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Filtering in ASP.NET MVC

In ASP.NET MVC, controllers define action methods that usually have a one-to-one relationship with possible user interactions, such as clicking a link or submitting a form. For example, when the user clicks a link, a request is routed to the designated controller, and the corresponding action method is called.

Sometimes you want to perform logic either before an action method is called or after an action method runs. To support this, ASP.NET MVC provides filters. Filters are custom classes that provide both a declarative and programmatic means to add pre-action and post-action behavior to controller action methods.

A Visual Studio project with source code is available to accompany this topic: Download.

ASP.NET MVC supports the following types of action filters:

The Controller class implements each of the filter interfaces. You can implement any of the filters for a specific controller by overriding the controller's On<Filter> method. For example, you can override the OnAuthorization method. The simple controller included in the downloadable sample overrides each of the filters and writes out diagnostic information when each filter runs. You can implement the following On<Filter> methods in a controller:

ASP.NET MVC includes the following filters, which are implemented as attributes. The filters can be applied at the action method, controller, or application level.

  • AuthorizeAttribute. Restricts access by authentication and optionally authorization.

  • HandleErrorAttribute. Specifies how to handle an exception that is thrown by an action method.

    NoteNote:

    This filter does not catch exceptions unless the customErrors element is enabled in the Web.config file.

  • OutputCacheAttribute. Provides output caching.

  • RequireHttpsAttribute. Forces unsecured HTTP requests to be resent over HTTPS.

You can create a filter in the following ways:

  • Override one or more of the controller's On<Filter> methods.

  • Create an attribute class that derives from ActionFilterAttribute and apply the attribute to a controller or an action method.

  • Register a filter with the filter provider (the FilterProviders class).

  • Register a global filter using the GlobalFilterCollection class.

A filter can implement the abstract ActionFilterAttribute class. Some filters, such as AuthorizeAttribute, implement the FilterAttribute class directly. Authorization filters are always called before the action method runs and called before all other filter types. Other action filters, such as OutputCacheAttribute, implement the abstract ActionFilterAttribute class, which enables the action filter to run either before or after the action method runs.

You can use the filter attribute declaratively with action methods or controllers. If the attribute marks a controller, the action filter applies to all action methods in that controller.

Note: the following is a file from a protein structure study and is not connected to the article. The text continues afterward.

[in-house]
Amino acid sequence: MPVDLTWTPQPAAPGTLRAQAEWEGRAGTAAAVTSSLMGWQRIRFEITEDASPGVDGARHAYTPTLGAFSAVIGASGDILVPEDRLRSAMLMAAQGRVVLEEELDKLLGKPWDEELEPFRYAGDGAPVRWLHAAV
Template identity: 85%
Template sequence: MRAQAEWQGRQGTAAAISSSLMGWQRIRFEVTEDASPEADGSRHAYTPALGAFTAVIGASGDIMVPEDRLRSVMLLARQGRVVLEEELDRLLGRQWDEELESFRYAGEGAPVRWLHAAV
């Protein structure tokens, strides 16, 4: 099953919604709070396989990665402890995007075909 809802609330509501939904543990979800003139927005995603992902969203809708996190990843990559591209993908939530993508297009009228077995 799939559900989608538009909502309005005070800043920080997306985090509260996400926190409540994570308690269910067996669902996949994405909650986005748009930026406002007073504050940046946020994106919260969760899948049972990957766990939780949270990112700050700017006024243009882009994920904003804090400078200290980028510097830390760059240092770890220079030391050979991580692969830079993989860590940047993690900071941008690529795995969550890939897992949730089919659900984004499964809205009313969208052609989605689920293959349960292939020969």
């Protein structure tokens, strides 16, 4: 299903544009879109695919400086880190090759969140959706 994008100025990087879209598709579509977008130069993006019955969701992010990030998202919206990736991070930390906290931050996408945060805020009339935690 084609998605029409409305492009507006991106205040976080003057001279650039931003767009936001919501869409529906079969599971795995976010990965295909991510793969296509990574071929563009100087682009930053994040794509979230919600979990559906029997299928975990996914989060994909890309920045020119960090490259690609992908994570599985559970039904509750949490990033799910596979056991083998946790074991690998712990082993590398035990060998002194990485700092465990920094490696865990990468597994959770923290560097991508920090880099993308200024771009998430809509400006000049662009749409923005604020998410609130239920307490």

The following example shows the default implementation of the HomeController class. In the example, the HandleError attribute is used to mark the controller. Therefore, the filter applies to all action methods in the controller.


<HandleError()> _
Public Class HomeController
    Inherits System.Web.Mvc.Controller

    Function Index() As ActionResult
        ViewData("Message") = "Welcome to ASP.NET MVC!"

        Return View()
    End Function

    Function About() As ActionResult
        Return View()
    End Function
End Class


Multiple filter providers can be registered. Filter providers are registered using the static Providers property. The GetFilters(ControllerContext, ActionDescriptor) method aggregates the filters from all of the providers into a single list. Providers can be registered in any order; the order they are registered has no impact on the order in which the filter run.

NoteNote:

Filter providers are a new feature to ASP.NET MVC 3.

By default, ASP.NET MVC registers the following filter providers:

The GetFilters method returns all of the IFilterProvider instances in the service locator.

Filters run in the following order:

  1. Authorization filters

  2. Action filters

  3. Response filters

  4. Exception filters

For example, authorization filters run first and exception filters run last. Within each filter type, the Order value specifies the run order. Within each filter type and order, the Scope enumeration value specifies the order for filters. This enumeration defines the following filter scope values (in the order in which they run):

  1. First

  2. Global

  3. Controller

  4. Action

  5. Last

For example, an OnActionExecuting(ActionExecutingContext) filter that has the Order property set to zero and filter scope set to First runs before an action filter that has the Order property set to zero and filter scope set to Action. Because exception filters run in reverse order, an exception filter that has the Order property set to zero and filter scope set to First runs after an action filter that has the Order property set to zero and filter scope set to Action.

The execution order of filters that have the same type, order, and scope is undefined.

The OnActionExecuting(ActionExecutingContext), OnResultExecuting(ResultExecutingContext), and OnAuthorization(AuthorizationContext) filters run in forward order. The OnActionExecuted(ActionExecutedContext), OnResultExecuting(ResultExecutingContext), and OnException(ExceptionContext) filters run in reverse order.

NoteNote: